ADVERTISEMENT

ADVERTISEMENT

WOMEN’S BASKETBALL: Maddie Schires blossoming into ‘easy leader to lean on’ for Beavers

Now in her second year as a Beaver, the Youngstown State transfer has assumed a much larger role. Among active players, only Trinity Yoder has logged more minutes in a BSU uniform than Schires, meaning she’s now the savvy veteran in a young locker room.

120722.S.BP.BSUWBB Maddie Schires.jpg
Bemidji State senior Maddie Schires (10) dribbles with the ball during the first half against Minnesota Duluth on Saturday, Dec. 3, 2022, at the BSU Gymnasium.
Madelyn Haasken / Bemidji Pioneer
We are part of The Trust Project.

BEMIDJI -- A season ago, Maddie Schires came into the Bemidji State women’s basketball program as a sponge.

She got to absorb the process, the culture and the leadership on a team filled with and led by experienced veterans.

One year later, she’s now looked at in the same regard.

“Obviously Brooklyn (Bachmann) and Syd (Zerr) were huge parts of the program last year,” Schires said. “Learning from them and being able to carry on what they have built here has been a really great experience for me.”

112622.S.BP.BSUWBB Maddie Schires.jpg
Bemidji State senior Maddie Schires (10) looks to pass the ball during the first half against Minnesota Crookston on Tuesday, Nov. 22, 2022, at the BSU Gymnasium.
Madelyn Haasken / Bemidji Pioneer

Now in her second year as a Beaver, the Youngstown State transfer has assumed a much larger role. Among active players, only Trinity Yoder has logged more minutes in a BSU uniform than Schires, meaning she’s now the savvy veteran in a young locker room.

ADVERTISEMENT

“None of the super seniors were here during the postseason, so it was Trin and I,” Schires said of last offseason, when the program lost six players to graduation. “That’s where I kind of realized that there needed to be bigger roles this upcoming season.”

She’s taken that challenge seriously, and it’s evidenced in the huddle and on the court. The 5-foot-8 senior guard has drawn from last season’s minutes as a reserve and converted it into experience for this year’s starting job. A role like that carries extra responsibility, but it suits her well.

“She’s been an easy leader to lean on and be a captain because of what she does on and off the court,” Bemidji State head coach Chelsea Stoltenberg said. “She’s very, very coachable, and that just comes with time, too. She’s very mature that way.”

021222.S.BP.BSUWBB Maddie Schires.jpg
Bemidji State's Maddie Schires (23) shoots in the first half against Wayne State on Jan. 29, 2022, at the BSU Gymnasium.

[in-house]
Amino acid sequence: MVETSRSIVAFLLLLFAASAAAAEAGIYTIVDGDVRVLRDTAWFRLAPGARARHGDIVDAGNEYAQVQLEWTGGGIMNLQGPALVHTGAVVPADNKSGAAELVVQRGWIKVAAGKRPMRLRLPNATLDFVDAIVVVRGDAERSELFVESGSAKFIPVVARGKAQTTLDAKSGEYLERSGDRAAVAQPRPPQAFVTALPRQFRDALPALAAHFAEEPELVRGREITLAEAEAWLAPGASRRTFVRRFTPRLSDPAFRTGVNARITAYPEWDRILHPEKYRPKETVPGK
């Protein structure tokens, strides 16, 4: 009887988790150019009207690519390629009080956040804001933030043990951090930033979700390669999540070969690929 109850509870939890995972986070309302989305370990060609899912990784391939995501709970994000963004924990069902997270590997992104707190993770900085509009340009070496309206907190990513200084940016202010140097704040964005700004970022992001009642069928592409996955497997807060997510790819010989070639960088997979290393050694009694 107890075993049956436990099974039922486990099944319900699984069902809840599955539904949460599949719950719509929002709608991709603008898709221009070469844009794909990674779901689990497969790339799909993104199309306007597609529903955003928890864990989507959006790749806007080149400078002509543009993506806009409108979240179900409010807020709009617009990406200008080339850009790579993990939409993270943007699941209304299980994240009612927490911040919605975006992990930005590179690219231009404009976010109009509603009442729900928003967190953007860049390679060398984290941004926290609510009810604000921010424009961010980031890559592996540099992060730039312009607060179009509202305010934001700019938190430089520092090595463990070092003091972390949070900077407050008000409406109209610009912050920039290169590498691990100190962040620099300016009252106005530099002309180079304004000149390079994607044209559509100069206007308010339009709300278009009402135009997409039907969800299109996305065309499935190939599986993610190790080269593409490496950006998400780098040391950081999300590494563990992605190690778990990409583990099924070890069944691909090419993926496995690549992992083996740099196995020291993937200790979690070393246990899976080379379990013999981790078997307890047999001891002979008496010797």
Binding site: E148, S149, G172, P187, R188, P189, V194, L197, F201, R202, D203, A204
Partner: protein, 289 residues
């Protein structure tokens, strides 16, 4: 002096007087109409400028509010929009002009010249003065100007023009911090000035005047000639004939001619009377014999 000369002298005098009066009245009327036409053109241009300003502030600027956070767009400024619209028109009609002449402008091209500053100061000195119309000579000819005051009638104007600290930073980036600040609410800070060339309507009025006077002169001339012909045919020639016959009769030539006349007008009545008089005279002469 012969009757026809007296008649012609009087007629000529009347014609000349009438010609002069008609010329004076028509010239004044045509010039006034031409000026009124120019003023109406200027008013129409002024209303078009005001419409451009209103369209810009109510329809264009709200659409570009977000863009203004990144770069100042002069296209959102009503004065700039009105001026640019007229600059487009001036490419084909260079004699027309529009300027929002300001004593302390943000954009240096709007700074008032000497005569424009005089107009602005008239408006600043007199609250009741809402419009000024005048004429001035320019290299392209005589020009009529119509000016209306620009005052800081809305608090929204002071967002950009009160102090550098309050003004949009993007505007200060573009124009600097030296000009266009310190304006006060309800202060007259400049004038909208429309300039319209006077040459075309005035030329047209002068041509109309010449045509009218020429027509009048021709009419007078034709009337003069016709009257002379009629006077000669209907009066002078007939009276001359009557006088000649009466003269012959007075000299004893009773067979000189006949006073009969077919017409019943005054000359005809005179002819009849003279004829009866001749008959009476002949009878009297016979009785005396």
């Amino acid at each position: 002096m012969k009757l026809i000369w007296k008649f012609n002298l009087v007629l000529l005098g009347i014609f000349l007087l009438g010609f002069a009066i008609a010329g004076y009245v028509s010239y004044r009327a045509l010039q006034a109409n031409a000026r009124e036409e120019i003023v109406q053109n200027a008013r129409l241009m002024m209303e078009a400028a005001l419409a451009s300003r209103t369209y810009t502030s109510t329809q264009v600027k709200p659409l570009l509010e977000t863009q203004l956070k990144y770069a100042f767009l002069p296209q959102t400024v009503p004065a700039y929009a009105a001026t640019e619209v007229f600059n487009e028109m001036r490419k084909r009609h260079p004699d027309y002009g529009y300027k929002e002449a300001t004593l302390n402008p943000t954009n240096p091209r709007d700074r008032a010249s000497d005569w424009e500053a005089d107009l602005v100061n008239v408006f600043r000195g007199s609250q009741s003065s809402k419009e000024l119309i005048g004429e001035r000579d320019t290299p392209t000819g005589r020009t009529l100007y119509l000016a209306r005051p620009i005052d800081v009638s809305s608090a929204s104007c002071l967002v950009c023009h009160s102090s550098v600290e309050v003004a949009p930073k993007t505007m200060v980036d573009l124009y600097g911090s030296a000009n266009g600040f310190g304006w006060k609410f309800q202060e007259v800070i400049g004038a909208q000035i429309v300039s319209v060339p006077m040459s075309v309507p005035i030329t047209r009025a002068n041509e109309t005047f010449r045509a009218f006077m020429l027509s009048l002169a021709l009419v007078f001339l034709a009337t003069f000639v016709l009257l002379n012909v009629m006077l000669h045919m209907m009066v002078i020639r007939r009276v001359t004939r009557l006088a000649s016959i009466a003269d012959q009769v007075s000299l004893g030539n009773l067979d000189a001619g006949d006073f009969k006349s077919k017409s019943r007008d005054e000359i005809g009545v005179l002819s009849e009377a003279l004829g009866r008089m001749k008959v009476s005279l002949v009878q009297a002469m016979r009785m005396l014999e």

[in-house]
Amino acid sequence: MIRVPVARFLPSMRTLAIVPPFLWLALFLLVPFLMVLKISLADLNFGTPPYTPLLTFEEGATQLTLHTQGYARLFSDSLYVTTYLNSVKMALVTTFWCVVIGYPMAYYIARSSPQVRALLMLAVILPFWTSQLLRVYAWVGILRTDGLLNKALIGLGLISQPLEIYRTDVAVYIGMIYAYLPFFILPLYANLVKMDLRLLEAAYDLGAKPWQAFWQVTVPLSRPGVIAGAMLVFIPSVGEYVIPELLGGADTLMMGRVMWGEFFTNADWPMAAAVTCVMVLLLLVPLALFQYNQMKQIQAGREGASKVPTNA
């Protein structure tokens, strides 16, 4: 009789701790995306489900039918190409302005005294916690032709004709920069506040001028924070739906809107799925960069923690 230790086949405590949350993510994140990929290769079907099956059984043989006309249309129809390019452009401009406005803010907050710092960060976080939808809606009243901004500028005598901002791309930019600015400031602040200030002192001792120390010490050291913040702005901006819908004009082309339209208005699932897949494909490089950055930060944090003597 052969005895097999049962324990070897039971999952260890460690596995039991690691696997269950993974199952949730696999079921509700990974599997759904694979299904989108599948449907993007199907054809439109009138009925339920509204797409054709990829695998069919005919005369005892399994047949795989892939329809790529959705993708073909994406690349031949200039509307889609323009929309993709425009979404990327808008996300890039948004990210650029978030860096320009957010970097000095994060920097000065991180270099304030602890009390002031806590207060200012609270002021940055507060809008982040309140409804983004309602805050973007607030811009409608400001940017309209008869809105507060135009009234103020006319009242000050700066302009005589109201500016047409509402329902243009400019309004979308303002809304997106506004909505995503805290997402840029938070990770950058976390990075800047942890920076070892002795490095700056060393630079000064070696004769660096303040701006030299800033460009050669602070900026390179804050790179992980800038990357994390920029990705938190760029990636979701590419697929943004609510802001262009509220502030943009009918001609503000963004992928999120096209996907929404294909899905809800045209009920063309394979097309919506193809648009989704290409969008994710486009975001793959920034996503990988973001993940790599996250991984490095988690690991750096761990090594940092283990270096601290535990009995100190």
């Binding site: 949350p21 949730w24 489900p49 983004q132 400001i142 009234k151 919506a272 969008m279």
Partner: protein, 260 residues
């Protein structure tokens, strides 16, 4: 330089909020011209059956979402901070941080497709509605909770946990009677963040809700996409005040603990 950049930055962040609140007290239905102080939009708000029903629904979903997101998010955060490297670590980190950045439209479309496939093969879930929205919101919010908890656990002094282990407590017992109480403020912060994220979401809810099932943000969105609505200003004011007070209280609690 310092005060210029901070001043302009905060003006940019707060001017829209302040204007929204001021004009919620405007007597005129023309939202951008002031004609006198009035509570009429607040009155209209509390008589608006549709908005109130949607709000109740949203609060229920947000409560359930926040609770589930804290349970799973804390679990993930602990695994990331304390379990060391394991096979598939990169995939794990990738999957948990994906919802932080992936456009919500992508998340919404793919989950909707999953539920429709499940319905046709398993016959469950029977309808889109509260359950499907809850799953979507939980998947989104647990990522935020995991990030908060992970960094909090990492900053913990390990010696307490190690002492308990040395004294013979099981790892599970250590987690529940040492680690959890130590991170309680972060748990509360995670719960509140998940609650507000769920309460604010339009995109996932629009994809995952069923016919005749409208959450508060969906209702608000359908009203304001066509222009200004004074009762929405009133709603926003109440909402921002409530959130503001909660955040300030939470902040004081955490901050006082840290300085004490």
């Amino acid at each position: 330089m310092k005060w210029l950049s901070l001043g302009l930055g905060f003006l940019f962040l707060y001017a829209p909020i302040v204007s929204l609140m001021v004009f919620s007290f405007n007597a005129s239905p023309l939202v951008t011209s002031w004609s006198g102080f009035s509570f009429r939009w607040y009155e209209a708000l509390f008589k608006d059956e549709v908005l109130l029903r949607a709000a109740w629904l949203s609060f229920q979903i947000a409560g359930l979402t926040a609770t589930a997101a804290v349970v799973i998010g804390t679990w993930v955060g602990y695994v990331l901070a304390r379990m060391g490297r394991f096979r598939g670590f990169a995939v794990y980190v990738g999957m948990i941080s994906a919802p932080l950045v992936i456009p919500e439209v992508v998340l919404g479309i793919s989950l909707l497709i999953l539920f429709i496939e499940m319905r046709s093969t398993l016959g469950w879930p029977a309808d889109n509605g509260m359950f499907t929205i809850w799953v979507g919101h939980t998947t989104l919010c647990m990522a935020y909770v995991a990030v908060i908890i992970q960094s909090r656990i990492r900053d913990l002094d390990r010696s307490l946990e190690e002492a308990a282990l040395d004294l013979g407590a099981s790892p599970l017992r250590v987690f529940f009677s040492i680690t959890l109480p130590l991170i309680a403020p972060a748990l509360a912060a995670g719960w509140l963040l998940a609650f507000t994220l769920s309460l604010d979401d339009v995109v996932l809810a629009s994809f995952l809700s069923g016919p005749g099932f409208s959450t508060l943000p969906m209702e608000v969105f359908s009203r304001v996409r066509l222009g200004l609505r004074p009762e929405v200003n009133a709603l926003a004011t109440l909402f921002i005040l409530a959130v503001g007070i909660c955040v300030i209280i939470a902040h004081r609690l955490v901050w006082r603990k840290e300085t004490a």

Jillian Gandsey / Bemidji Pioneer

This year, Schires is more decisive from the arc and won’t flinch when she’s open. She ranks second in the NSIC with 2.9 made 3-pointers per game (at a 35.7% clip), and her 11.1 scoring average is second only to Yoder on the team. She’s even tied for the team lead with six blocks so far this year.

“She knows what she’s really, really good at on both ends of the court,” Stoltenberg said. “(Our guards) need to run the show and allow our bigs to flow through them. (Our toughness) needs to come from the maturity and the poise of our guards to get us going on both ends.”

The Beavers have extensively played their three freshman forwards -- Alyssa Hill, Brooke Theis and Rachel Koenig -- in the early goings of the season. Their performances have started to answer some of the biggest questions that BSU had coming into the year.

“Playing with young bigs is always difficult because we rely so heavily on our interior play to open up our offense,” Stoltenberg said. “Throwing them to the wolves is going to be great for us in the future, and it’s good for them now. But that’s definitely something we’re focused on a ton. … We have talent. It’s just the consistency of using that talent.”

111222.S.BP.BSUWBB Maddie Schires.jpg
Bemidji State senior Maddie Schires (10) shoots a free throw during the second half against Valley City State on Friday, Nov. 11, 2022, at the BSU Gymnasium.
Maggi Fellerman / Bemidji Pioneer

Now that she’s been around the block, a player like Schires is invaluable to help facilitate that process. They’ll all have their next chance this weekend when Bemidji State (3-4, 0-3 NSIC) plays against Minnesota State Moorhead (4-3, 1-2 NSIC) at 5:30 p.m. on Friday, Dec. 9, in Moorhead and against Northern State (6-3, 1-2 NSIC) at 4 p.m. on Saturday, Dec. 10, in Aberdeen, S.D.

ADVERTISEMENT

And Schires, of course, will be ready to roll.

“I’m pretty confident, and that comes from my teammates trusting me and the coaches trusting me,” she said. “This year, it being Trin and I as the only ones with experience, that confidence has to come pretty quick.”

Micah Friez is the former sports editor at the Bemidji Pioneer. A native of East Grand Forks, Minn., he worked at the Pioneer from 2015-23 and is a 2018 graduate of Bemidji State University with a degree in Creative and Professional Writing.
What To Read Next
“800 games, that’s one thing you do know – you know exactly what to expect,” Tom Serratore said. “... This is what it’s going to be like for the next month."
Trailing 45-44 early in the final quarter, Bemidji State went on a 7-0 run on a 3-point basket by Isabel Majewski and four free throws by Trinity Yoder.
The visiting Beavers (15-8, 10-7 NSIC) built a 20-point lead in the second half before Minot began its rally.
The Beavers outshot the Tommies 71-38 in total attempts and 32-21 on goal, but were unable to find the back of the net.